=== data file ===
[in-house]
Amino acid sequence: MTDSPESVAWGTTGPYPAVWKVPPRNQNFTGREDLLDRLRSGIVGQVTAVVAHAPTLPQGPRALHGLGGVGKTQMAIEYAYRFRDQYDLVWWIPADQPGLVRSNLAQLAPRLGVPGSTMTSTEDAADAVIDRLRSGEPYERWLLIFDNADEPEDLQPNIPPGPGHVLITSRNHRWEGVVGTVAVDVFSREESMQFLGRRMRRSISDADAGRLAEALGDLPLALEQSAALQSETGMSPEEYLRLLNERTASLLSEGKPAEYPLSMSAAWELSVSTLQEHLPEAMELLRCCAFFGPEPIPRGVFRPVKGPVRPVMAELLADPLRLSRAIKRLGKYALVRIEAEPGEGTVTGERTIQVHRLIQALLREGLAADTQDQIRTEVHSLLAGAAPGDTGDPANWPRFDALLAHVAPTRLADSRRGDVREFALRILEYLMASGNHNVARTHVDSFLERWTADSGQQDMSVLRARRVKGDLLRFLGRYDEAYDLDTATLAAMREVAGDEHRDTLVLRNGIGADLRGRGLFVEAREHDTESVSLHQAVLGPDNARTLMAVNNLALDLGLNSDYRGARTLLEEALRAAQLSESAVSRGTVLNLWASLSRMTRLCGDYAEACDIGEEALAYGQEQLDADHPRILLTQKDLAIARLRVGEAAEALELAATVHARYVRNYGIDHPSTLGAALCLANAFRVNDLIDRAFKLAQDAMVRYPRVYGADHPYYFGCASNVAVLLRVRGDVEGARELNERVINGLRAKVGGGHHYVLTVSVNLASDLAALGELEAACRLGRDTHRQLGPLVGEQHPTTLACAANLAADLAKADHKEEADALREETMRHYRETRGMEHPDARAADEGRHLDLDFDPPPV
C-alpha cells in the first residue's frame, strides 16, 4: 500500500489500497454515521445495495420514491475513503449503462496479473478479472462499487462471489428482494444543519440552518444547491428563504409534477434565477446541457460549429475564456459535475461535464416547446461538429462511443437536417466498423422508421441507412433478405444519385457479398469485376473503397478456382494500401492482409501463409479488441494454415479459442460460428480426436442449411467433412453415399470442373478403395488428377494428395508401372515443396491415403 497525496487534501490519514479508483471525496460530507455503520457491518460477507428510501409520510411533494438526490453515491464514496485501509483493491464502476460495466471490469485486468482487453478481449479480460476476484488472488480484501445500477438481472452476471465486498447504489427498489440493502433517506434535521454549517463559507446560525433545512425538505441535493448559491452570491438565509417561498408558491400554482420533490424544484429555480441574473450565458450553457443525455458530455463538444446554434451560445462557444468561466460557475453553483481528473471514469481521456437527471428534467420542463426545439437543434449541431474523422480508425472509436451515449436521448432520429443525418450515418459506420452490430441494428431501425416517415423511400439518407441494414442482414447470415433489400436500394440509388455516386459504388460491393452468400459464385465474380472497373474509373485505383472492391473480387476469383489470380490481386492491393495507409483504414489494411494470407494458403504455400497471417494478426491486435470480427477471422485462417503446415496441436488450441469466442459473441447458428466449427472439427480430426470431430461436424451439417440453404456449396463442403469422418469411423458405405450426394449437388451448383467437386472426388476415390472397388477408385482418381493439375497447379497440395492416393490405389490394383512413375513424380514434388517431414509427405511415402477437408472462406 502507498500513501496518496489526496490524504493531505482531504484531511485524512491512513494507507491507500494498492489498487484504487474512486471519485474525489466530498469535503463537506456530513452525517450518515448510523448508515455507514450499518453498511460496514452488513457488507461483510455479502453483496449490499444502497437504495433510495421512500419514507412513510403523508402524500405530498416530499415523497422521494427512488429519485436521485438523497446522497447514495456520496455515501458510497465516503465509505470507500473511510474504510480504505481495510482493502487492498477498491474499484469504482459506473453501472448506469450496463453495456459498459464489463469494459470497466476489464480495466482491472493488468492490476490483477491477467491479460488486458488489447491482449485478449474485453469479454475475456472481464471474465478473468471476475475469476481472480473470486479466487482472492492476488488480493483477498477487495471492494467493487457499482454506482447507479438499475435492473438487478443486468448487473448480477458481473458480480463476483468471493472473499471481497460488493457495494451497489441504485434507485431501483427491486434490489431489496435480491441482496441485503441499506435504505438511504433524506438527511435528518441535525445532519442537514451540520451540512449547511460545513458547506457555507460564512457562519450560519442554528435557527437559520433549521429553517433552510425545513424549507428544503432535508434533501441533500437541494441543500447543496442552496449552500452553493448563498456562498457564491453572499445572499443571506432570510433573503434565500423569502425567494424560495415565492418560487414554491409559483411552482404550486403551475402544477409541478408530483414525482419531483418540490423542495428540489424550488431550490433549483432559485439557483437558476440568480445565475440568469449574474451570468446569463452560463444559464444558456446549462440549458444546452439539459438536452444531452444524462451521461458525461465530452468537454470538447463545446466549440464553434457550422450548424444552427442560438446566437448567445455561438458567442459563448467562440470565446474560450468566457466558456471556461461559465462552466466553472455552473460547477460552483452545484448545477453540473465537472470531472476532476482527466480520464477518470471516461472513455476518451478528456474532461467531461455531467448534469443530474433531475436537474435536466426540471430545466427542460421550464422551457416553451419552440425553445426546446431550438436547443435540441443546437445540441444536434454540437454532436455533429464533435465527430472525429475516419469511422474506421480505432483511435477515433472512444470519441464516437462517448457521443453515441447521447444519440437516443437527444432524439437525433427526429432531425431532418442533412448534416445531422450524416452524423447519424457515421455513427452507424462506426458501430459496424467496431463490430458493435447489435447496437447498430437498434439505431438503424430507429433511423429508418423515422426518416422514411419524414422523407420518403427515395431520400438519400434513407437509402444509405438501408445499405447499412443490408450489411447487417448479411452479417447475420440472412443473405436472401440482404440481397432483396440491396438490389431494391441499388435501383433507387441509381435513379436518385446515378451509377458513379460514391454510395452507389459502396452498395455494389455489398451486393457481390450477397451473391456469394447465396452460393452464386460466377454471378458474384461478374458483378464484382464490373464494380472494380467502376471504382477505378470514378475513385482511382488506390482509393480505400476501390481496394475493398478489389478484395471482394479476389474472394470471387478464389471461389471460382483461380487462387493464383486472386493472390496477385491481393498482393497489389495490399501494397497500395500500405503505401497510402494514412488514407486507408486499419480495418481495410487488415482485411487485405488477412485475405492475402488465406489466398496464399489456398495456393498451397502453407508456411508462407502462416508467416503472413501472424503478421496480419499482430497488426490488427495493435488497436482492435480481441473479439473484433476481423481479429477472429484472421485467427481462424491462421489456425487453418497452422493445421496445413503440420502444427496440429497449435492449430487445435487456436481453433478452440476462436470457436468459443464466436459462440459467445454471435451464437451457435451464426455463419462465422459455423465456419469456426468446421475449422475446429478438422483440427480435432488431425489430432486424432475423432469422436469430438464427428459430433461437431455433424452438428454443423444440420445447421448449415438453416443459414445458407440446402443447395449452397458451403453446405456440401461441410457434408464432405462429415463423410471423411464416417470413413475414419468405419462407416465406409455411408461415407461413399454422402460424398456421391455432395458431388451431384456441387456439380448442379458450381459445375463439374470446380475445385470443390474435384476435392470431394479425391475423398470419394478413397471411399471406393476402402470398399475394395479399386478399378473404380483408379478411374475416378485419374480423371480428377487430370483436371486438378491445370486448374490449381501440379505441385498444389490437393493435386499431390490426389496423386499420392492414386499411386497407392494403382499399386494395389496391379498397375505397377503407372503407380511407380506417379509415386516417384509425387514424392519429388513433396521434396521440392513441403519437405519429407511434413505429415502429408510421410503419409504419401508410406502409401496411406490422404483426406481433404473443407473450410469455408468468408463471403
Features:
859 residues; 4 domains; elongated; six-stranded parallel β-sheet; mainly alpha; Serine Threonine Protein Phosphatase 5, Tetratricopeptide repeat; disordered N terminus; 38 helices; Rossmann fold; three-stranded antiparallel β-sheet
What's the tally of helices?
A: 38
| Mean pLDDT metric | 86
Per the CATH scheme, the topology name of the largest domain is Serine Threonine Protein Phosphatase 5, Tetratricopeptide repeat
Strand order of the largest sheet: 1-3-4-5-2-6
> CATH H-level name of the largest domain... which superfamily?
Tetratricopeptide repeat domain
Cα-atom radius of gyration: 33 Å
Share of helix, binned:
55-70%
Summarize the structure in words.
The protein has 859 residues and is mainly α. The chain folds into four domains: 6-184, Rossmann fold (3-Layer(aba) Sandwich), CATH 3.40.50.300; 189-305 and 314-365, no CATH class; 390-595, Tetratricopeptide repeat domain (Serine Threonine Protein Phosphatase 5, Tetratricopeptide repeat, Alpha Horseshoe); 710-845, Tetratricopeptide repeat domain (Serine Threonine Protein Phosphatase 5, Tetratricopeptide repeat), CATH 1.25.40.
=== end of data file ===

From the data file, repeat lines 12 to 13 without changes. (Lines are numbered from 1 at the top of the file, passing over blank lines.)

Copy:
Tetratricopeptide repeat domain
Cα-atom radius of gyration: 33 Å